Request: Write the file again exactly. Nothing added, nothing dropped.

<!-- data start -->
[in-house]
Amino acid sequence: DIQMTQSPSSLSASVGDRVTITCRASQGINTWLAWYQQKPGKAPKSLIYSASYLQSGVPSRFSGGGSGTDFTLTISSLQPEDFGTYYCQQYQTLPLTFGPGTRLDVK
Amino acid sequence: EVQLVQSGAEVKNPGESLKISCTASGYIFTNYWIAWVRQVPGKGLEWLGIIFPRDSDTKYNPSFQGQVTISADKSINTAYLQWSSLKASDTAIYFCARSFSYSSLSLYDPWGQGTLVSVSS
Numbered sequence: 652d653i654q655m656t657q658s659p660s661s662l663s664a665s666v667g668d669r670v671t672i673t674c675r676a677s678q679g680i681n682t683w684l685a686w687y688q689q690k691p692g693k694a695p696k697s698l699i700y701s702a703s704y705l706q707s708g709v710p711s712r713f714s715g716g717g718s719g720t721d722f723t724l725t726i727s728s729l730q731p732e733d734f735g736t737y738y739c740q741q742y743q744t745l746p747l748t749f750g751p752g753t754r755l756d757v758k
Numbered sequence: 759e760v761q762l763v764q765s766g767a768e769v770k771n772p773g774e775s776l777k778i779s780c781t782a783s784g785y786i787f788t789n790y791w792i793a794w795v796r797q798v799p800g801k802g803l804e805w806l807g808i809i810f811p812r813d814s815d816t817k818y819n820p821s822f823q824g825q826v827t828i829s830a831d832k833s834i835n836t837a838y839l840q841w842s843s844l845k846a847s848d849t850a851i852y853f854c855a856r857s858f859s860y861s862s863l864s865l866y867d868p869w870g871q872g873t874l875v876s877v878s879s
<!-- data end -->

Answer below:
[in-house]
Amino acid sequence: DIQMTQSPSSLSASVGDRVTITCRASQGINTWLAWYQQKPGKAPKSLIYSASYLQSGVPSRFSGGGSGTDFTLTISSLQPEDFGTYYCQQYQTLPLTFGPGTRLDVK
Amino acid sequence: EVQLVQSGAEVKNPGESLKISCTASGYIFTNYWIAWVRQVPGKGLEWLGIIFPRDSDTKYNPSFQGQVTISADKSINTAYLQWSSLKASDTAIYFCARSFSYSSLSLYDPWGQGTLVSVSS
Numbered sequence: 652d653i654q655m656t657q658s659p660s661s662l663s664a665s666v667g668d669r670v671t672i673t674c675r676a677s678q679g680i681n682t683w684l685a686w687y688q689q690k691p692g693k694a695p696k697s698l699i700y701s702a703s704y705l706q707s708g709v710p711s712r713f714s715g716g717g718s719g720t721d722f723t724l725t726i727s728s729l730q731p732e733d734f735g736t737y738y739c740q741q742y743q744t745l746p747l748t749f750g751p752g753t754r755l756d757v758k
Numbered sequence: 759e760v761q762l763v764q765s766g767a768e769v770k771n772p773g774e775s776l777k778i779s780c781t782a783s784g785y786i787f788t789n790y791w792i793a794w795v796r797q798v799p800g801k802g803l804e805w806l807g808i809i810f811p812r813d814s815d816t817k818y819n820p821s822f823q824g825q826v827t828i829s830a831d832k833s834i835n836t837a838y839l840q841w842s843s844l845k846a847s848d849t850a851i852y853f854c855a856r857s858f859s860y861s862s863l864s865l866y867d868p869w870g871q872g873t874l875v876s877v878s879s